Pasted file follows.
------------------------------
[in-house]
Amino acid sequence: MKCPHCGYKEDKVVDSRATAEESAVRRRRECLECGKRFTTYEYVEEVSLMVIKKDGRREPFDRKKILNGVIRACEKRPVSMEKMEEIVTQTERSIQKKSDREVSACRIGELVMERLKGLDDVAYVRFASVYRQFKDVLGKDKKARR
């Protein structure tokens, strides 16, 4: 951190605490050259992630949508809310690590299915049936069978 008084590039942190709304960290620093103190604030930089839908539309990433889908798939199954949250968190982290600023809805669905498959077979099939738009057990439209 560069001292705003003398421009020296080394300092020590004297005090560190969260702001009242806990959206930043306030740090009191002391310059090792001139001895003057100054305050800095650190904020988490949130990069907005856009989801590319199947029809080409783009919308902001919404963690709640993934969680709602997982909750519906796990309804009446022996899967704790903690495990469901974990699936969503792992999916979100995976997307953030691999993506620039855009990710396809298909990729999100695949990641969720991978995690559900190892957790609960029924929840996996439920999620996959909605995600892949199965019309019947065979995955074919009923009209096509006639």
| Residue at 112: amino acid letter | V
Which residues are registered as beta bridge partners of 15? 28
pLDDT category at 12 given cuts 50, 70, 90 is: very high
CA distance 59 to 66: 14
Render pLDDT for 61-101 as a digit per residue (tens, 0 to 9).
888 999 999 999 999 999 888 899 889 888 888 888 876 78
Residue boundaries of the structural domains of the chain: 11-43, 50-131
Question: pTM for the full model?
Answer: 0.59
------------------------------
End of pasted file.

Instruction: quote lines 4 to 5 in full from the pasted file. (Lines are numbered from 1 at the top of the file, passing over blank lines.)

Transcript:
| Residue at 112: amino acid letter | V
Which residues are registered as beta bridge partners of 15? 28